Browse Prior Art Database

Prefix Staging Technique for Optical Libraries in Network Environments

IP.com Disclosure Number: IPCOM000118157D
Original Publication Date: 1996-Oct-01
Included in the Prior Art Database: 2005-Apr-01
Document File: 2 page(s) / 66K

Publishing Venue

IBM

Related People

Dewey, DW: AUTHOR

Abstract

In order to smooth out delays when accessing an optical library in a Local Area Network (LAN) environment, a prefix of the data of a file is cached on the library controller hard disk so that the library may begin responding to data read requests while the disk with the remainder of the file is being physically mounted in a drive.

This text was extracted from an ASCII text file.
This is the abbreviated version, containing approximately 52% of the total text.

Prefix Staging Technique for Optical Libraries in Network Environments

      In order to smooth out delays when accessing an optical library
in a Local Area Network (LAN) environment, a prefix of the data of a
file is cached on the library controller hard disk so that the
library may begin responding to data read requests while the disk
with the remainder of the file is being physically mounted in a
drive.

      Optical libraries in LAN environments provide cost effective
near on-line storage that appears as a standard single device and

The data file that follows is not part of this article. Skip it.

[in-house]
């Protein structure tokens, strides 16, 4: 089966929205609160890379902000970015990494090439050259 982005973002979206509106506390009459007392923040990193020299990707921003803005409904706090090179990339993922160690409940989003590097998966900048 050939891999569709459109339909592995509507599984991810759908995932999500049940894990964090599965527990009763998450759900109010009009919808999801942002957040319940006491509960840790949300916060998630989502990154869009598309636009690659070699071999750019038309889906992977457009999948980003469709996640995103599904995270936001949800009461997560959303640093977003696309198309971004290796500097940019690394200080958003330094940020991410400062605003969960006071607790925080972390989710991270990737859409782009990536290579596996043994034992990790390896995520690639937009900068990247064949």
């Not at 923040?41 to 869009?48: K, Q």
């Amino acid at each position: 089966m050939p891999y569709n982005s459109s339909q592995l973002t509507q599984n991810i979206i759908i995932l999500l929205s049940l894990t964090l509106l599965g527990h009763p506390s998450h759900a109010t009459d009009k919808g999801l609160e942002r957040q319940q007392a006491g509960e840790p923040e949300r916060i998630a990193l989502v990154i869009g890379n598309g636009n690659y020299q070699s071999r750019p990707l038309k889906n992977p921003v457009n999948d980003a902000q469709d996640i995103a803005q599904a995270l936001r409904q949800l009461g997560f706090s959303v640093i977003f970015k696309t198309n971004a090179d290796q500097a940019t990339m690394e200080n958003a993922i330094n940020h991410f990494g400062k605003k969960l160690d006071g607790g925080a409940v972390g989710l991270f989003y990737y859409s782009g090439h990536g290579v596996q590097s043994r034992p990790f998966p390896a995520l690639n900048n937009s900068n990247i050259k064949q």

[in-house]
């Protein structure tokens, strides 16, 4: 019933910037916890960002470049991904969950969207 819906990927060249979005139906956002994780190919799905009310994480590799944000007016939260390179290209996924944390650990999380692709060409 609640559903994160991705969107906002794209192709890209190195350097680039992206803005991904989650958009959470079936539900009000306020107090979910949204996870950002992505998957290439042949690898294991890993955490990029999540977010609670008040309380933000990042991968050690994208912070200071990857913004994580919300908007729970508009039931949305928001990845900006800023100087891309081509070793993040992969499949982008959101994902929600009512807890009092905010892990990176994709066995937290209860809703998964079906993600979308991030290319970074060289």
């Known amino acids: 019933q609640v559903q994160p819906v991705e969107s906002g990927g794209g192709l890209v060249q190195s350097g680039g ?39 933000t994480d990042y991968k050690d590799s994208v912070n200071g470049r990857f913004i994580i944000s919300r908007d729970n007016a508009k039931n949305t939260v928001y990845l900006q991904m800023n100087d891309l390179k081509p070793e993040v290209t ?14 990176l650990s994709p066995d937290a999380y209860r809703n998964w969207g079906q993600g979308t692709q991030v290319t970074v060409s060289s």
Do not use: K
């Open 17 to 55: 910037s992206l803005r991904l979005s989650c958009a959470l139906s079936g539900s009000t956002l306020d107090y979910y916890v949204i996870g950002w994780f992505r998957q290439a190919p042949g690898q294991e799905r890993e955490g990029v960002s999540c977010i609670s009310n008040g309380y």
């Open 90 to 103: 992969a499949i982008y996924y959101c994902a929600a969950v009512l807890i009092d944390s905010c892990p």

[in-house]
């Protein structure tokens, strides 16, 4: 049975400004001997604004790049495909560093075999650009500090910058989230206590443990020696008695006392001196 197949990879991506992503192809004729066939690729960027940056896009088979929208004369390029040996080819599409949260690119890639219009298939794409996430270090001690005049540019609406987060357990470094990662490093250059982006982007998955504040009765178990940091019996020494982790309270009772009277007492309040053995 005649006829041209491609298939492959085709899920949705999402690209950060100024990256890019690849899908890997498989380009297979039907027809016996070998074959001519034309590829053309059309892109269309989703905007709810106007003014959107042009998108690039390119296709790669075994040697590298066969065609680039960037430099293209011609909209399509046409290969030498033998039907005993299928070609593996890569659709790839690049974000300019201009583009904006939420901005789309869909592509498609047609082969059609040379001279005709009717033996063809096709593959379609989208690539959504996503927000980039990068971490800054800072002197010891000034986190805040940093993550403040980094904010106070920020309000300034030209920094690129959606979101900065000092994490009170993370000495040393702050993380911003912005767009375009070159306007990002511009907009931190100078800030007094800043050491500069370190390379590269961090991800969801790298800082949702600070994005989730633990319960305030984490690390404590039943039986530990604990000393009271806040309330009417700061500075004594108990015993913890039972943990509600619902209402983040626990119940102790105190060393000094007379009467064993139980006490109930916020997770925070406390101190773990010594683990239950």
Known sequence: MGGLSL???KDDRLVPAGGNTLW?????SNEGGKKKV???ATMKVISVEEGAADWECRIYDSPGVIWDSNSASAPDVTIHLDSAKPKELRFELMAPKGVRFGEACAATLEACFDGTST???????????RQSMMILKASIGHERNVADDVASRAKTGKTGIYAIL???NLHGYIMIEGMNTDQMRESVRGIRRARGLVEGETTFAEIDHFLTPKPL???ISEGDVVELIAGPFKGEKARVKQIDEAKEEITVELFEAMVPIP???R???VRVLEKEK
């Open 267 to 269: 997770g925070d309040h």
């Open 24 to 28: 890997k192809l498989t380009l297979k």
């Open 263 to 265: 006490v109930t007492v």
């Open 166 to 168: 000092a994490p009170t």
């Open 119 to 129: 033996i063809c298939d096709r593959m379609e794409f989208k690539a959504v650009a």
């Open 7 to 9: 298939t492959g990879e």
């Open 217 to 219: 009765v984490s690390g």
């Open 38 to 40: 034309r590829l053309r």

file system.  The one negative of the optical library is that the
first access to a set of files may have a delay of up to 15 seconds
while a cartridge is being mounted.  In LAN environments where the
library is transparent, the system displays no messages or special
communications to the end user.  This presents two problem scenarios:
  o  LAN timeout values in the rest of the system may not be
      high enough since they are designed for on-line devices.
  o  The user perceives the delay as a hang and cancels the
      operation.

In small LANs, these problems have been addressed by having the users
of an optical library increase the requestor timeout values.
Likewise, all users on the LAN are aware of the optical library and
expect the occasional delay.  Neither of these solutions scale well
to larger networks.  This disclosure presents a technique that could
be incorporated into an optical library serving as a file server that
would alleviate these two scenarios.

      The proposed solution is to have the library controller store
on DASD a prefix of the data of the file.  An example size would be...